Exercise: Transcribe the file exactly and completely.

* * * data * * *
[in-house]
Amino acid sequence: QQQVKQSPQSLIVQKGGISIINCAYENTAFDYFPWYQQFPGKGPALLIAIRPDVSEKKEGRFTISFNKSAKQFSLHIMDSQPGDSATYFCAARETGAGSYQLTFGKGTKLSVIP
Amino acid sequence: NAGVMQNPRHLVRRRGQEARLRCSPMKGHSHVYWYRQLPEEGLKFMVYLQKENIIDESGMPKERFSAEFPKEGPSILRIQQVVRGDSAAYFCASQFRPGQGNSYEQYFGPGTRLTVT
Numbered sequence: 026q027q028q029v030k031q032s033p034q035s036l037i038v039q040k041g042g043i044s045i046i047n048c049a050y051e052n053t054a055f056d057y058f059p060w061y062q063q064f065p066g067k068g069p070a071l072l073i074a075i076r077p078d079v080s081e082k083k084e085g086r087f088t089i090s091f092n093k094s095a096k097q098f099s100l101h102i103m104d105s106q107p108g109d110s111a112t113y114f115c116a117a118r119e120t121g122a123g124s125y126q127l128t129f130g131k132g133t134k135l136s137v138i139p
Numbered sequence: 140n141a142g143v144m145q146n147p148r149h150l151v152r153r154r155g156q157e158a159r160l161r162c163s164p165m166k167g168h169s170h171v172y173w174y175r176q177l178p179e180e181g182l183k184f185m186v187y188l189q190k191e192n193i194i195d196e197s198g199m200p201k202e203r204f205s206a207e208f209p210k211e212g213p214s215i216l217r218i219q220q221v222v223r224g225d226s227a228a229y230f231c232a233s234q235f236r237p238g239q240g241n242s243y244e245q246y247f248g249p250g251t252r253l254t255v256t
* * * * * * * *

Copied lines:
[in-house]
Amino acid sequence: QQQVKQSPQSLIVQKGGISIINCAYENTAFDYFPWYQQFPGKGPALLIAIRPDVSEKKEGRFTISFNKSAKQFSLHIMDSQPGDSATYFCAARETGAGSYQLTFGKGTKLSVIP
Amino acid sequence: NAGVMQNPRHLVRRRGQEARLRCSPMKGHSHVYWYRQLPEEGLKFMVYLQKENIIDESGMPKERFSAEFPKEGPSILRIQQVVRGDSAAYFCASQFRPGQGNSYEQYFGPGTRLTVT
Numbered sequence: 026q027q028q029v030k031q032s033p034q035s036l037i038v039q040k041g042g043i044s045i046i047n048c049a050y051e052n053t054a055f056d057y058f059p060w061y062q063q064f065p066g067k068g069p070a071l072l073i074a075i076r077p078d079v080s081e082k083k084e085g086r087f088t089i090s091f092n093k094s095a096k097q098f099s100l101h102i103m104d105s106q107p108g109d110s111a112t113y114f115c116a117a118r119e120t121g122a123g124s125y126q127l128t129f130g131k132g133t134k135l136s137v138i139p
Numbered sequence: 140n141a142g143v144m145q146n147p148r149h150l151v152r153r154r155g156q157e158a159r160l161r162c163s164p165m166k167g168h169s170h171v172y173w174y175r176q177l178p179e180e181g182l183k184f185m186v187y188l189q190k191e192n193i194i195d196e197s198g199m200p201k202e203r204f205s206a207e208f209p210k211e212g213p214s215i216l217r218i219q220q221v222v223r224g225d226s227a228a229y230f231c232a233s234q235f236r237p238g239q240g241n242s243y244e245q246y247f248g249p250g251t252r253l254t255v256t